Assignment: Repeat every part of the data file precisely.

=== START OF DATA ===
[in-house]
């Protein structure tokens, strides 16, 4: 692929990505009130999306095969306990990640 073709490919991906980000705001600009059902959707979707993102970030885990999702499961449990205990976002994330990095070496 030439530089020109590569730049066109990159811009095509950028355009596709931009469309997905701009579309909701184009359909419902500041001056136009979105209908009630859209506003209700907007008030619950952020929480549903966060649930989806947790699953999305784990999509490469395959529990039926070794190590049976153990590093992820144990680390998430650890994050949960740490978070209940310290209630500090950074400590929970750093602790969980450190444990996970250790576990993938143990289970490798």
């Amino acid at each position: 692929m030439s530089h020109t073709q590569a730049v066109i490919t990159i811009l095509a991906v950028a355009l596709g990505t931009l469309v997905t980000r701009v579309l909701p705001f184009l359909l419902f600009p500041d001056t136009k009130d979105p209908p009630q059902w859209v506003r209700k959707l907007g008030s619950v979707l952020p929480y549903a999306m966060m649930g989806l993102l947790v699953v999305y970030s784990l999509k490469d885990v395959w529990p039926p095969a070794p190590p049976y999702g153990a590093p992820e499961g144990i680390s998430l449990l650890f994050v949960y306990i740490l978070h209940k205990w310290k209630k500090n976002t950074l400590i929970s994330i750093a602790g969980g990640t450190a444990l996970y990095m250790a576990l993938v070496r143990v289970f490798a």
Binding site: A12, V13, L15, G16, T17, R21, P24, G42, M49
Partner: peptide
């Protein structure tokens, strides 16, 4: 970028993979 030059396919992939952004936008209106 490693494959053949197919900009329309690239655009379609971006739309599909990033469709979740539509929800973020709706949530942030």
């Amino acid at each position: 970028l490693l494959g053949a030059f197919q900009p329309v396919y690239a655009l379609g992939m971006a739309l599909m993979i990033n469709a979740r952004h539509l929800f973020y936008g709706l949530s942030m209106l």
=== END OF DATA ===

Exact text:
[in-house]
């Protein structure tokens, strides 16, 4: 692929990505009130999306095969306990990640 073709490919991906980000705001600009059902959707979707993102970030885990999702499961449990205990976002994330990095070496 030439530089020109590569730049066109990159811009095509950028355009596709931009469309997905701009579309909701184009359909419902500041001056136009979105209908009630859209506003209700907007008030619950952020929480549903966060649930989806947790699953999305784990999509490469395959529990039926070794190590049976153990590093992820144990680390998430650890994050949960740490978070209940310290209630500090950074400590929970750093602790969980450190444990996970250790576990993938143990289970490798």
């Amino acid at each position: 692929m030439s530089h020109t073709q590569a730049v066109i490919t990159i811009l095509a991906v950028a355009l596709g990505t931009l469309v997905t980000r701009v579309l909701p705001f184009l359909l419902f600009p500041d001056t136009k009130d979105p209908p009630q059902w859209v506003r209700k959707l907007g008030s619950v979707l952020p929480y549903a999306m966060m649930g989806l993102l947790v699953v999305y970030s784990l999509k490469d885990v395959w529990p039926p095969a070794p190590p049976y999702g153990a590093p992820e499961g144990i680390s998430l449990l650890f994050v949960y306990i740490l978070h209940k205990w310290k209630k500090n976002t950074l400590i929970s994330i750093a602790g969980g990640t450190a444990l996970y990095m250790a576990l993938v070496r143990v289970f490798a």
Binding site: A12, V13, L15, G16, T17, R21, P24, G42, M49
Partner: peptide
């Protein structure tokens, strides 16, 4: 970028993979 030059396919992939952004936008209106 490693494959053949197919900009329309690239655009379609971006739309599909990033469709979740539509929800973020709706949530942030």
């Amino acid at each position: 970028l490693l494959g053949a030059f197919q900009p329309v396919y690239a655009l379609g992939m971006a739309l599909m993979i990033n469709a979740r952004h539509l929800f973020y936008g709706l949530s942030m209106l």